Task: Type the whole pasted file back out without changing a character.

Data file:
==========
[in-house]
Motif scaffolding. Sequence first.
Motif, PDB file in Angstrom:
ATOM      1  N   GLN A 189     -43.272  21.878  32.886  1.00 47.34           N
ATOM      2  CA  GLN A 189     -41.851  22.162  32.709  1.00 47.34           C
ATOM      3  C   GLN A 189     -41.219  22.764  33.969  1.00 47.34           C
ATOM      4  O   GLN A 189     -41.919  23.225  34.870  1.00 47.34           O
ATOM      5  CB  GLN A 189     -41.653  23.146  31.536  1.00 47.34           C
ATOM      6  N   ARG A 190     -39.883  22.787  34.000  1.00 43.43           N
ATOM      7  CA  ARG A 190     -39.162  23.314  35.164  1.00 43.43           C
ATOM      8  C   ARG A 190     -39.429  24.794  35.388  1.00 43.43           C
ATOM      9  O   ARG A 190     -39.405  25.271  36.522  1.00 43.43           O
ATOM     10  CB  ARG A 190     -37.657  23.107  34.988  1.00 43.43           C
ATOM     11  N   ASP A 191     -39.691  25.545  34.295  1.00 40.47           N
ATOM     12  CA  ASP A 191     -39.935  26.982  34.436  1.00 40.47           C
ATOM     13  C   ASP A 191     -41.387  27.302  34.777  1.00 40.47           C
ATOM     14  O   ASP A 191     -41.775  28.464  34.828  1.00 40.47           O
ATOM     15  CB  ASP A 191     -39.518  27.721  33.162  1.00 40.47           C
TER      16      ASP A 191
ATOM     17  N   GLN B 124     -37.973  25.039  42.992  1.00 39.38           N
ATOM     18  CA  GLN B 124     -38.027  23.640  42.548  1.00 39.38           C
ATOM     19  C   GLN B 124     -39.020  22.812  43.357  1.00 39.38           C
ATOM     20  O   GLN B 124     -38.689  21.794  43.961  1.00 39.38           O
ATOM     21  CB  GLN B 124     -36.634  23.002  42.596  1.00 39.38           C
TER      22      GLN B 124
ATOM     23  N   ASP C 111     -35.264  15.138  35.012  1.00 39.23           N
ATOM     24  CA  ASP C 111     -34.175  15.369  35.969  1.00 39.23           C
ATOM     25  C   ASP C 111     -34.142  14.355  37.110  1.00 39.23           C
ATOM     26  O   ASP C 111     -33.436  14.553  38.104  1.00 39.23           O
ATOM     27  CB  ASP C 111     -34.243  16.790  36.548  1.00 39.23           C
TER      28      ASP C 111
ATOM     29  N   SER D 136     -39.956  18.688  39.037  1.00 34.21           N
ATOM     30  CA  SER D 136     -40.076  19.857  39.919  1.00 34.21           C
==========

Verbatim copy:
[in-house]
Motif scaffolding. Sequence first.
Motif, PDB file in Angstrom:
ATOM      1  N   GLN A 189     -43.272  21.878  32.886  1.00 47.34           N
ATOM      2  CA  GLN A 189     -41.851  22.162  32.709  1.00 47.34           C
ATOM      3  C   GLN A 189     -41.219  22.764  33.969  1.00 47.34           C
ATOM      4  O   GLN A 189     -41.919  23.225  34.870  1.00 47.34           O
ATOM      5  CB  GLN A 189     -41.653  23.146  31.536  1.00 47.34           C
ATOM      6  N   ARG A 190     -39.883  22.787  34.000  1.00 43.43           N
ATOM      7  CA  ARG A 190     -39.162  23.314  35.164  1.00 43.43           C
ATOM      8  C   ARG A 190     -39.429  24.794  35.388  1.00 43.43           C
ATOM      9  O   ARG A 190     -39.405  25.271  36.522  1.00 43.43           O
ATOM     10  CB  ARG A 190     -37.657  23.107  34.988  1.00 43.43           C
ATOM     11  N   ASP A 191     -39.691  25.545  34.295  1.00 40.47           N
ATOM     12  CA  ASP A 191     -39.935  26.982  34.436  1.00 40.47           C
ATOM     13  C   ASP A 191     -41.387  27.302  34.777  1.00 40.47           C
ATOM     14  O   ASP A 191     -41.775  28.464  34.828  1.00 40.47           O
ATOM     15  CB  ASP A 191     -39.518  27.721  33.162  1.00 40.47           C
TER      16      ASP A 191
ATOM     17  N   GLN B 124     -37.973  25.039  42.992  1.00 39.38           N
ATOM     18  CA  GLN B 124     -38.027  23.640  42.548  1.00 39.38           C
ATOM     19  C   GLN B 124     -39.020  22.812  43.357  1.00 39.38           C
ATOM     20  O   GLN B 124     -38.689  21.794  43.961  1.00 39.38           O
ATOM     21  CB  GLN B 124     -36.634  23.002  42.596  1.00 39.38           C
TER      22      GLN B 124
ATOM     23  N   ASP C 111     -35.264  15.138  35.012  1.00 39.23           N
ATOM     24  CA  ASP C 111     -34.175  15.369  35.969  1.00 39.23           C
ATOM     25  C   ASP C 111     -34.142  14.355  37.110  1.00 39.23           C
ATOM     26  O   ASP C 111     -33.436  14.553  38.104  1.00 39.23           O
ATOM     27  CB  ASP C 111     -34.243  16.790  36.548  1.00 39.23           C
TER      28      ASP C 111
ATOM     29  N   SER D 136     -39.956  18.688  39.037  1.00 34.21           N
ATOM     30  CA  SER D 136     -40.076  19.857  39.919  1.00 34.21           C